I doubt anyone would be in favor of a system whereby first we shared in the pie before working to increase it by at least the amount they consume. That is because we know that while many people would do the right thing, many would not. It is an unworkable system. But that is exactly what fractional reserve banking allows banks to do and what the Federal Reserve is allowe to do when it increases its balance sheet. Very bad policy!

Dave Albin August 23, 2010 at 9:43 pm

What the bank really did was to take $900 from Billy’s account and gave it to Sally as the loan. Billy had $100 in U.S. dollars in his account, while Sally then had $900 in her account. On the balance sheet of the bank, however, they still show $1,000 in Billy’s account. If Billy comes to the bank and demands his $1,000, the bank can borrow money from another bank to pay him. Of course, the Fed exists to shuffle money around in the event most everyone in the USA wants their money from the bank.

This is problematic for at least 2 reasons – first, with the Fed existing as a “lender of last resort”, banks take unnecessary risks when making loans, and this can lead to massive bank failures. If the banks could only lend out what they have, with no safety net, the loans would almost all be sound. Secondly, if everyone wants their money out of the banking system, should we artifically keep it afloat? Why not let it die a natural death, and allow some other system to take its’ place?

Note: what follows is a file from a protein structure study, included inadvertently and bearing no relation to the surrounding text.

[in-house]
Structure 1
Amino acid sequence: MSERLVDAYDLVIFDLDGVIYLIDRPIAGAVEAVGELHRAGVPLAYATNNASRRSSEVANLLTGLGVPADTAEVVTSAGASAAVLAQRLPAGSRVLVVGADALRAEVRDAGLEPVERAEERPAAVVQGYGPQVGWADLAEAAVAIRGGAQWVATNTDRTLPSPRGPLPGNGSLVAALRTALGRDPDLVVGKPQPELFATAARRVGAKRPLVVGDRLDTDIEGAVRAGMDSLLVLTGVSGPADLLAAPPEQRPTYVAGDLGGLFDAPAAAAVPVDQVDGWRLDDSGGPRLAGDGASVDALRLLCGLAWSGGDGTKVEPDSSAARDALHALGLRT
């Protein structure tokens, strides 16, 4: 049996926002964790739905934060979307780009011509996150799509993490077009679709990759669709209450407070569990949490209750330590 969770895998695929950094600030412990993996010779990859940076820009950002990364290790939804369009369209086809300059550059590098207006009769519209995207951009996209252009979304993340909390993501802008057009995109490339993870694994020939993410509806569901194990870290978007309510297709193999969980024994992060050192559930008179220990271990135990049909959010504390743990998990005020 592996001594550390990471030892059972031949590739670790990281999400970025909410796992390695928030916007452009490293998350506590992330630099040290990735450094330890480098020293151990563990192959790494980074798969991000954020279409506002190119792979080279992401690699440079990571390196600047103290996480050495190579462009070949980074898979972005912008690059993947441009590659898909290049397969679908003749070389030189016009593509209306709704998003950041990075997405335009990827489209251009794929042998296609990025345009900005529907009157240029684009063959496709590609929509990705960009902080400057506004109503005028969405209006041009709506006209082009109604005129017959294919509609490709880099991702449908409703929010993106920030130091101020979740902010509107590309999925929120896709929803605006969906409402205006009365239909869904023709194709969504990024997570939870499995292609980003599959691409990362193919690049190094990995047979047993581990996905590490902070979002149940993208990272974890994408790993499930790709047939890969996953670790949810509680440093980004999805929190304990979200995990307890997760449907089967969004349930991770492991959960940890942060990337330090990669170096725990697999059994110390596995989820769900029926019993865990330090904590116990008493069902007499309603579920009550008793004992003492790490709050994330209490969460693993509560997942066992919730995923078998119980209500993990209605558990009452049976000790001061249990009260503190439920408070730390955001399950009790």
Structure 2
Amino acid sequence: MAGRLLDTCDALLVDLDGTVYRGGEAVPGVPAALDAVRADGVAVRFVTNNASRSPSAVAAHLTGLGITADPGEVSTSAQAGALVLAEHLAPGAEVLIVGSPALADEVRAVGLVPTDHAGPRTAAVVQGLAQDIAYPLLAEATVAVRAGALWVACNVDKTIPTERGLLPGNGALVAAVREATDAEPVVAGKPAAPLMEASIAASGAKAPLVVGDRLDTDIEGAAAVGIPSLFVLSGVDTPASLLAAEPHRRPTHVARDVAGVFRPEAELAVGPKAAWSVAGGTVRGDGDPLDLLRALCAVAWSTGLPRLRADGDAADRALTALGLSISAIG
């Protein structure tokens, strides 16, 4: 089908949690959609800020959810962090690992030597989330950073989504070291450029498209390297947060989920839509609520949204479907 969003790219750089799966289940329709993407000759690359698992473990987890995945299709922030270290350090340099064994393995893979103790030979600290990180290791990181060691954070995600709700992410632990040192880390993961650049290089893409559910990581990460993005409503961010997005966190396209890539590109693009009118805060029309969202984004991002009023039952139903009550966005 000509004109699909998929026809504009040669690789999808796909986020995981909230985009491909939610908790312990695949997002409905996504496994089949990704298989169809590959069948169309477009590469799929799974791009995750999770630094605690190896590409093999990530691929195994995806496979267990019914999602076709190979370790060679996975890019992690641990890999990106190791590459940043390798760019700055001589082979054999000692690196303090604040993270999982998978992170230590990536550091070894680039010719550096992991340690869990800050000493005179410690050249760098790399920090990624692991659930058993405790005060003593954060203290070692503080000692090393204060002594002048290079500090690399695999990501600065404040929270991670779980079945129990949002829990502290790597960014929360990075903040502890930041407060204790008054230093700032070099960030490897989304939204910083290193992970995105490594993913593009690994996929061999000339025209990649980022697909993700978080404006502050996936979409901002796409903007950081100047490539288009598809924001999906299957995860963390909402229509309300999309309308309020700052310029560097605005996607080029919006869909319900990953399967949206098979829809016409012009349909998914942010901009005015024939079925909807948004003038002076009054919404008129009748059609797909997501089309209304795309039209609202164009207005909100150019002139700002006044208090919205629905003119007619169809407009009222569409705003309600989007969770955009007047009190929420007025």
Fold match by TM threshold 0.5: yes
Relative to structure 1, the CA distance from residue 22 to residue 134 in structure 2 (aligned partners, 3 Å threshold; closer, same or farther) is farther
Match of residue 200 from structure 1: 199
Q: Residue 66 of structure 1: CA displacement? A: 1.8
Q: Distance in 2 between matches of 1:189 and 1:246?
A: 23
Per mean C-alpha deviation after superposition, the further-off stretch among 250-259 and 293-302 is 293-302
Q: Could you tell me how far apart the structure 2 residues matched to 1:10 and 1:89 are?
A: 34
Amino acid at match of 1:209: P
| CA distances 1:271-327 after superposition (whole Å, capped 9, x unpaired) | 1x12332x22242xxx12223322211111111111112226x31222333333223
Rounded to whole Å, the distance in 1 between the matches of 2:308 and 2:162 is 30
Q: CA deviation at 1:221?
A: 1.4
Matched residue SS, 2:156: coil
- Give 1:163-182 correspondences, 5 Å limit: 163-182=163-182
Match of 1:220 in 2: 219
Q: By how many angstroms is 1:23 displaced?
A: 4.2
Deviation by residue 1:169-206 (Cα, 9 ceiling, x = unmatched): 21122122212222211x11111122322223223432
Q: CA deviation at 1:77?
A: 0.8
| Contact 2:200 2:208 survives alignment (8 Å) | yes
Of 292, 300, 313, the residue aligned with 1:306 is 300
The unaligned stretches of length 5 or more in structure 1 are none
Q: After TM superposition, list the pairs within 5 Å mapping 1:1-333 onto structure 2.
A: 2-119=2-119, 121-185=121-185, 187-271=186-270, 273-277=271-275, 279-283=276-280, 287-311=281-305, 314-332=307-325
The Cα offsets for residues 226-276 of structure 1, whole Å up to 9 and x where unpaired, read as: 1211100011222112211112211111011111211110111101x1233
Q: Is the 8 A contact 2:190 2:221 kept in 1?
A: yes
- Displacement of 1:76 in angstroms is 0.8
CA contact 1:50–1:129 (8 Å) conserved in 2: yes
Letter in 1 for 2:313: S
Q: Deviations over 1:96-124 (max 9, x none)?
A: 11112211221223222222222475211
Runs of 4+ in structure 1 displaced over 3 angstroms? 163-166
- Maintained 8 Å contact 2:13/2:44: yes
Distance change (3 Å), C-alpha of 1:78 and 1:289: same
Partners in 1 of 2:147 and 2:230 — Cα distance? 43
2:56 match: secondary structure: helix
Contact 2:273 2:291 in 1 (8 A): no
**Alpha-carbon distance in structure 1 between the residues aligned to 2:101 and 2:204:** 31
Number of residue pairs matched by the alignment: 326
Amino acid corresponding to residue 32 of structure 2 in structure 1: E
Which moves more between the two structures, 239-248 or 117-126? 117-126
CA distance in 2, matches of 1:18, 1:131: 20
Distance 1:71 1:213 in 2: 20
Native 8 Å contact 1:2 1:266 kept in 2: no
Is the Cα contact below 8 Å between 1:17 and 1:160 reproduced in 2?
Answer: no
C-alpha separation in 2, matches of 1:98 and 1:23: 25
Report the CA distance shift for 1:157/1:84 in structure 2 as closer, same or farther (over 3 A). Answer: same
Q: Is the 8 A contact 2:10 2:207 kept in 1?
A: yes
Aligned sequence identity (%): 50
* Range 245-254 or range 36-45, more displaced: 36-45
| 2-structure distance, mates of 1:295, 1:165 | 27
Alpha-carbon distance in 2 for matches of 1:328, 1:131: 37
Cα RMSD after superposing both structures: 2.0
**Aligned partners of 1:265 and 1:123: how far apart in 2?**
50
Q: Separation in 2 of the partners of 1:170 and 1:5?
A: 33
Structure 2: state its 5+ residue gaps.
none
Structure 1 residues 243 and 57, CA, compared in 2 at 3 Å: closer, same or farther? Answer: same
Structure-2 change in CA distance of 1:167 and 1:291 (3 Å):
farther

Smack MacDougal August 24, 2010 at 12:43 am

Brendan, your intuition has you on the right track.

When Billy deposits his $1,000 with a banker, he SELLS that $1,000 to the banker. In turn, the banker SELLS credits to Billy with the total amount of credits equaling $1,000. A contract gets made between Billy and the banker. This is defined in Commercial Law.

While most bankers give money on demand to depositors, they need not do so and can withhold doing so for up to 30 days. Why? Because bankers OWN the money they BUY from depositors and establish contract with depositors under regulation of banking law, such regulation requires bankers to fulfill contracts within 30 days.

This fact alone should prove to you and to anyone that no money gets conjured from thin air. In truth, all those who make this claim, sadly, do not get money, credit, banking and central banking. Thus they do not get the whole of economics.

Gil August 24, 2010 at 3:32 am

Is that a variation on the theme of “did you know if you deposit $1,000 into a bank, it’s not sitting on a table waiting for you to withdraw it but it is lent out to someone with interest”? A lot of people are still surprised to hear it.

Smack MacDougal August 24, 2010 at 12:05 pm

@Gil.

Yes, daft Americans suffer from the effects of intense indoctrination and mind control.

Look at how many defend the false belief that they have “paid into” Social Security, that some kind bureaucrat has been squirreling away their money in a trust fund with their name on it. Look at how many fail to see that Social Security and Medicare are everyday socialist welfare.